Here are some tips for doing your best on a final exam:
- Start early. Many weeks before the exam, gather all of your materials. If your lecture notes are spread all over the place, gather them in one notebook. If you skipped some important reading earlier in the semester, skim over it now.
- Investigate. Find out what is on the exam. Pay close attention whenever your teacher talks about the exam. Ask lots of questions, but avoid saying, "Is this going to be on the test?" Teachers are sick of that. Try asking, "I going to be studying this weekend, where should I start?" or "Should I spend more time reviewing my notes or the textbook?" Your teacher will be impressed that you are starting so early and will be happy to help.
- Prepare. If you teacher gives you some study material, use it fully. Some teachers will give a list of terms you should know; write out a definition for each. Others might give a list of possible essay questions; make an outline for each question.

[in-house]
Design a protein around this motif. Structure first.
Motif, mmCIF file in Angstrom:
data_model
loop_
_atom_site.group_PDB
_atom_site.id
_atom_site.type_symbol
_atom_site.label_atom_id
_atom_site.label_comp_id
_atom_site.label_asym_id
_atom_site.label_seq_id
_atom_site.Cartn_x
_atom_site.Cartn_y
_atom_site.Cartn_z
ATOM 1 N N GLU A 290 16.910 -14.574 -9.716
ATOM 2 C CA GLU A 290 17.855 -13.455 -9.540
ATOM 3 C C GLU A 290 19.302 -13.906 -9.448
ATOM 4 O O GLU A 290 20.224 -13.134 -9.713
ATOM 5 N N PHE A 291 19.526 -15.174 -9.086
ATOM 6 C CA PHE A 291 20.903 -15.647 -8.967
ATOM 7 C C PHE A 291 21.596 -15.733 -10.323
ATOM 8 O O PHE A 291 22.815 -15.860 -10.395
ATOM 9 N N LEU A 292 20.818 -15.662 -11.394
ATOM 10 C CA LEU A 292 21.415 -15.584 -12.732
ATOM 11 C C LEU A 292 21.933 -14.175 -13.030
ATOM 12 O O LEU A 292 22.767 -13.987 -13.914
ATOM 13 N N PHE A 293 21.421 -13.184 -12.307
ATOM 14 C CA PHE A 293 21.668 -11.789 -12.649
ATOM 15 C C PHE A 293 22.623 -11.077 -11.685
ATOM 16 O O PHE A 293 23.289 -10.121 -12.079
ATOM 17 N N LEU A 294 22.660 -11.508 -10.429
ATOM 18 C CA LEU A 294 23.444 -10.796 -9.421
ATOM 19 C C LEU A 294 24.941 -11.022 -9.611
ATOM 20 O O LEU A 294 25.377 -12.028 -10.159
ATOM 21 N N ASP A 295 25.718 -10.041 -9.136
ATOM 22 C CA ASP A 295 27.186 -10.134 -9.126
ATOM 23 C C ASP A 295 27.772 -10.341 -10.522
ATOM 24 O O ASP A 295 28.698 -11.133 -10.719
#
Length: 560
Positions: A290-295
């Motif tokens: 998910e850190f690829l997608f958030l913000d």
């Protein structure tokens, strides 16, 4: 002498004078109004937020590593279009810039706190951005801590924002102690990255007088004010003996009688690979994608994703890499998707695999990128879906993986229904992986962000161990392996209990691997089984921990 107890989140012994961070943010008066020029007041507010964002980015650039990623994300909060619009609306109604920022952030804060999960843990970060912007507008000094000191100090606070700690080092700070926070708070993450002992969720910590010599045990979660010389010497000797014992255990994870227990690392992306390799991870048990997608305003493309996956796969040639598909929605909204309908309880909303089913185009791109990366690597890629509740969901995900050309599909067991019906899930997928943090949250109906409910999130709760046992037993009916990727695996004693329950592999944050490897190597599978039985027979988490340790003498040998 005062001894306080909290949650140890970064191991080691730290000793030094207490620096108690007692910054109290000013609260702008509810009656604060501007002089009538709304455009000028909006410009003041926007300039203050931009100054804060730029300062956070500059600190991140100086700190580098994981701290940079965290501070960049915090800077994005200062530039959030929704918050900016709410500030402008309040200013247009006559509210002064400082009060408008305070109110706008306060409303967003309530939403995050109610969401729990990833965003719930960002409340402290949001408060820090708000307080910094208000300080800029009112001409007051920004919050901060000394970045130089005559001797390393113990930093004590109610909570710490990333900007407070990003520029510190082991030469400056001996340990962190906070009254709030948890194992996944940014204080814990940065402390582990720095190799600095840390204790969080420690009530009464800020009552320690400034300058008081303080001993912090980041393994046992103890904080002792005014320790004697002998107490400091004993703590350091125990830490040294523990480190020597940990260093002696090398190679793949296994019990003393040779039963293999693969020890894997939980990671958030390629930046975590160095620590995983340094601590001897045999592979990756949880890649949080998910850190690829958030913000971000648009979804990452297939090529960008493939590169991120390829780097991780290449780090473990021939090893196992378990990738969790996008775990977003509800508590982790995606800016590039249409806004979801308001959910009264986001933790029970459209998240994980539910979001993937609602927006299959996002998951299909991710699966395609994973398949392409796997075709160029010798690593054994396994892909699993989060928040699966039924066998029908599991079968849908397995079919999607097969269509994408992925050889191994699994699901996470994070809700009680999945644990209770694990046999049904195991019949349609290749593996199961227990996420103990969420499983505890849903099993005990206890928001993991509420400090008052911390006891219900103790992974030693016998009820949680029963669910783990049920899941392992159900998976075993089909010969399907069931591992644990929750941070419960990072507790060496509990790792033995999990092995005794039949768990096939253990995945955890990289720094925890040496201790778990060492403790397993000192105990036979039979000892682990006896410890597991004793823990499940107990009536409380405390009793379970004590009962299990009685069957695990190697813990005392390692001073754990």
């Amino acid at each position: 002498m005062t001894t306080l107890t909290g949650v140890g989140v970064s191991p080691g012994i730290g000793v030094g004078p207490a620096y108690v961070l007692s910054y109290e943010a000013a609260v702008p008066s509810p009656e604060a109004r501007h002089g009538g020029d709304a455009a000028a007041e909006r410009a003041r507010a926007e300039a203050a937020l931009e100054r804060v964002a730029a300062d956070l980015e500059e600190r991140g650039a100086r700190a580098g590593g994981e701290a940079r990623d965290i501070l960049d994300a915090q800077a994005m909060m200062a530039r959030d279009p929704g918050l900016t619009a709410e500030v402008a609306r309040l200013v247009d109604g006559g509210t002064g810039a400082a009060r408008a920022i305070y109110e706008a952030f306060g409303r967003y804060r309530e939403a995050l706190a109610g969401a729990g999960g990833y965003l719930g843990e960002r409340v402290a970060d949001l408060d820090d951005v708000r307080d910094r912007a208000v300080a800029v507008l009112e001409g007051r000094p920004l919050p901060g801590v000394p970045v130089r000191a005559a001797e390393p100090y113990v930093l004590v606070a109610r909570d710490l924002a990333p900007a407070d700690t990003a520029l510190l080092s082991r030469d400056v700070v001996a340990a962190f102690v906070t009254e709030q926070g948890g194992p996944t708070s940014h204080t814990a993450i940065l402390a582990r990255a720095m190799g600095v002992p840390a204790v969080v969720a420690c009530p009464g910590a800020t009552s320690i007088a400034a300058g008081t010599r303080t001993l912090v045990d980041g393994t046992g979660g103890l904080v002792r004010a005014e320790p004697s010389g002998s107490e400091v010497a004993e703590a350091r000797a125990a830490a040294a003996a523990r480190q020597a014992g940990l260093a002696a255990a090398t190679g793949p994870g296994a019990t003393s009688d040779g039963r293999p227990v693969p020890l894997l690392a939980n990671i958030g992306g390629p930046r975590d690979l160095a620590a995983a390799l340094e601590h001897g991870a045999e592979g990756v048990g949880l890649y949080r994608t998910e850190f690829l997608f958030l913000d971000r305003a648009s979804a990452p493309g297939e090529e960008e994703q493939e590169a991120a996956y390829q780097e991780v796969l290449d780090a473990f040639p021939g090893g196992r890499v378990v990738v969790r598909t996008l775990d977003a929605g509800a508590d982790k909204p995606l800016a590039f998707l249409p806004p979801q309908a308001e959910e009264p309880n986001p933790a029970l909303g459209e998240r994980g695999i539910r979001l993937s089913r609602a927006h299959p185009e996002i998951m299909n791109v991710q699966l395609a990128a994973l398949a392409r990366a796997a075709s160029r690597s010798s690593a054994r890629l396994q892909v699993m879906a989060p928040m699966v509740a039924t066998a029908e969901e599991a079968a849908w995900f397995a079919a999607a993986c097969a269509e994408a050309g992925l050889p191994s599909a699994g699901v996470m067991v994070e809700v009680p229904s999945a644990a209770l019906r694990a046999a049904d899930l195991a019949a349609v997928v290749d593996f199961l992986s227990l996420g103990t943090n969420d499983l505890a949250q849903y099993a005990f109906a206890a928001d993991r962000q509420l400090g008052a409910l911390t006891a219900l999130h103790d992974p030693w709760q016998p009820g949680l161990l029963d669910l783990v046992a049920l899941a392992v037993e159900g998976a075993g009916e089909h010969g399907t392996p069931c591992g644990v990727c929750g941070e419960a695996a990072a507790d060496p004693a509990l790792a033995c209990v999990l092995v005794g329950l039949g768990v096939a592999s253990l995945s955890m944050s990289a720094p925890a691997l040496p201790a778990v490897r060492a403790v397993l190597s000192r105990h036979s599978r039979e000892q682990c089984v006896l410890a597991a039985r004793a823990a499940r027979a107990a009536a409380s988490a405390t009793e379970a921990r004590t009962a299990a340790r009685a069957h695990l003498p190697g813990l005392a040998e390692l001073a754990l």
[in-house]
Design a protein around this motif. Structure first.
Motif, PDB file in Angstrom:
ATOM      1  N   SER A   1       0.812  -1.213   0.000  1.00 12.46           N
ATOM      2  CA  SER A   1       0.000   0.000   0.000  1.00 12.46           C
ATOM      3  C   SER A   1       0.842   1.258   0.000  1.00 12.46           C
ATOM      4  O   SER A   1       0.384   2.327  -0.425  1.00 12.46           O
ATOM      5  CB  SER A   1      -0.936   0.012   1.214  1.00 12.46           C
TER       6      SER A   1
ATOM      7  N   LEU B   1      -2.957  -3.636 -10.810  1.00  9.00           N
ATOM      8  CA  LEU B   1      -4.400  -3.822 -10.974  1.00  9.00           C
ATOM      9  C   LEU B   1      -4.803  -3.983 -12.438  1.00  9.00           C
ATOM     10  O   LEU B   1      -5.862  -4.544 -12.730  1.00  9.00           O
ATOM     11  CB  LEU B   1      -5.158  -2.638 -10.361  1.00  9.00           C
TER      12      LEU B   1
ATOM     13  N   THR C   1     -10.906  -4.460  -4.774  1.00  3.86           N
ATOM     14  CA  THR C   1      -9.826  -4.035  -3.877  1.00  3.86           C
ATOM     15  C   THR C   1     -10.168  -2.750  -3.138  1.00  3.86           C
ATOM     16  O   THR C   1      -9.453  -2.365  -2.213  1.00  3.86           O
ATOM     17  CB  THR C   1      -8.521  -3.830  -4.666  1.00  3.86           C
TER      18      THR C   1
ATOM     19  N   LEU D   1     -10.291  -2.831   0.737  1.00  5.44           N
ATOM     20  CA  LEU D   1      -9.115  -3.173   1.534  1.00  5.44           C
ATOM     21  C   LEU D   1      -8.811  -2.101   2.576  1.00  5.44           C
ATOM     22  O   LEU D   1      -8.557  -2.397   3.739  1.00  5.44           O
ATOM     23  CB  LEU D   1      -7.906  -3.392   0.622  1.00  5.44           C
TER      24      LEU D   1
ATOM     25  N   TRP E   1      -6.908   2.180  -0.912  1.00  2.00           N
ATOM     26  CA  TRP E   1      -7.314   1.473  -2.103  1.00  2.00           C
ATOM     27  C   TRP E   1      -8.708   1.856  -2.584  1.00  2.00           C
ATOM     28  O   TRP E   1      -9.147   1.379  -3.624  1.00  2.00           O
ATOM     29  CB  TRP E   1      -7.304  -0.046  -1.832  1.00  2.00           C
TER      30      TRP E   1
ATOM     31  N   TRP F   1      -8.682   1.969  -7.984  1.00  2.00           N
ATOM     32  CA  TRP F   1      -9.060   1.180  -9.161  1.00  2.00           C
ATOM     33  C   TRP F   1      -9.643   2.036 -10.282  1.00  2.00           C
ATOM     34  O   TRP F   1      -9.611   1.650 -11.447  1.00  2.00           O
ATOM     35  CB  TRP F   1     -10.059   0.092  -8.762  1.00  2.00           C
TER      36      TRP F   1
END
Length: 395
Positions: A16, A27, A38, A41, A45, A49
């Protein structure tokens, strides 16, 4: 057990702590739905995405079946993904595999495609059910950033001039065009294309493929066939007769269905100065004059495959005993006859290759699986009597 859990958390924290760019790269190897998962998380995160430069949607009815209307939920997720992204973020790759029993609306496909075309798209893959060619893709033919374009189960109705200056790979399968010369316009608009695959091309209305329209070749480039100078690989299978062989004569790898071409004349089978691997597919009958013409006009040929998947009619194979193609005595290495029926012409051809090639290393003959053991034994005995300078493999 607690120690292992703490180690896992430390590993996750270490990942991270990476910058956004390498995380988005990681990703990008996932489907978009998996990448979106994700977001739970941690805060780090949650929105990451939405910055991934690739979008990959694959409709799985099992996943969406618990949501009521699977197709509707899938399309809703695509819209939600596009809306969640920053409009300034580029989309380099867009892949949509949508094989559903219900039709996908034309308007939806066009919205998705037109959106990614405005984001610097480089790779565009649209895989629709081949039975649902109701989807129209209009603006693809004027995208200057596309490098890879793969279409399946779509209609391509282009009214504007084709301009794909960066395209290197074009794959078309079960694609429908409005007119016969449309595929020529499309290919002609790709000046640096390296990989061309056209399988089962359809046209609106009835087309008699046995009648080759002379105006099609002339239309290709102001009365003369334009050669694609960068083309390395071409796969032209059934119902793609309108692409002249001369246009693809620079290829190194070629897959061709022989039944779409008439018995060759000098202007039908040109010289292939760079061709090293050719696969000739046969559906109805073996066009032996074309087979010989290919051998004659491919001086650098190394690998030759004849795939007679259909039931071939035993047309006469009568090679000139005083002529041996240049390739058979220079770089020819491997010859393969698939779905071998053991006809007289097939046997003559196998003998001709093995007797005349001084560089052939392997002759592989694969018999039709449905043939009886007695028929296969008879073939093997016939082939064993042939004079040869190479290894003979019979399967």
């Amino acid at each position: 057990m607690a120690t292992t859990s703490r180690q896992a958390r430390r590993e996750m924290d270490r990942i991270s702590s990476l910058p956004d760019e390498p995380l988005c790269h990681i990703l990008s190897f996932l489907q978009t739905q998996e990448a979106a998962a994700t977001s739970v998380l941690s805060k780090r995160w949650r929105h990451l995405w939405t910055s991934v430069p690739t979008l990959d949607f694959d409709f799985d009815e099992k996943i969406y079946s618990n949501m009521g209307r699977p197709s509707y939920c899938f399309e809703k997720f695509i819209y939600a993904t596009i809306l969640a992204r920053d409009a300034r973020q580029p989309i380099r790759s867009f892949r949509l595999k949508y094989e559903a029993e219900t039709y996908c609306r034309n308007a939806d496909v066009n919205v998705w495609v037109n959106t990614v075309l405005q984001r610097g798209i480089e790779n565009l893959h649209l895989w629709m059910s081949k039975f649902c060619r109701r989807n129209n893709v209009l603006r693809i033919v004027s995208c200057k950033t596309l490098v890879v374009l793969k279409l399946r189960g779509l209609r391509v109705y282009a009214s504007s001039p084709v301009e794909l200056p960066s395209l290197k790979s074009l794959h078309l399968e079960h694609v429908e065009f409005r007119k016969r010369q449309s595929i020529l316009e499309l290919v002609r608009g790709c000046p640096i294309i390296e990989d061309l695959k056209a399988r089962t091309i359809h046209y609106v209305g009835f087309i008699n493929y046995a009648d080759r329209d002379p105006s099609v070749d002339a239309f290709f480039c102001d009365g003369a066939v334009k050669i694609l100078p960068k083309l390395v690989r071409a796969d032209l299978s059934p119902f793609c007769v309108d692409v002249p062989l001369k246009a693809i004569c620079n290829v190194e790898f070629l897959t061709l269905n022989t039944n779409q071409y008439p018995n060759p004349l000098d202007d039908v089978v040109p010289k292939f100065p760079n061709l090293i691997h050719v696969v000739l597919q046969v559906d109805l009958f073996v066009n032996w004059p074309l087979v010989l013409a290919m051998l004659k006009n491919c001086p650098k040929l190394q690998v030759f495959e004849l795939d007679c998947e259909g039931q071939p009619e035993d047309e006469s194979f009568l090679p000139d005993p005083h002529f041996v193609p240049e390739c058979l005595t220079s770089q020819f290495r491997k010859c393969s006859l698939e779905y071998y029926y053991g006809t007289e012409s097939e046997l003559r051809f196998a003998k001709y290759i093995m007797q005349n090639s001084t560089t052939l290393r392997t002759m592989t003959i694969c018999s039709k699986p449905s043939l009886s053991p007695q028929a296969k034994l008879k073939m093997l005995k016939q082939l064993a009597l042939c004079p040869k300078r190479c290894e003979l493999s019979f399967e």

- Study a little bit every day. The way to get information into your long term memory is to review over a long period of time. A half an hour a day for ten days is much better than five hours the night before the exam. It also is much less painful. Remember, sleeping after you study helps your recall (http://blog.clickademics.com/2010/03/cramming-for-exam-take-nap.html).
- Remember my advice from an earlier post about making a legal cheat sheet. Think of all of the facts, names, dates, or equations that you need to remember for the test and write them on an index card. Carry that index card in your pocket for a few days, looking at it often. When you get to the exam, look at your index card one last time and throw it away. Now, when the teacher hand out the exam, turn it over and write down everything that was on your card. Everything that was on your index card is not on your exam, and you didn't break any rules to get there.
Good luck, and relax. Feeling anxious in an exam is like kryptonite for your grade.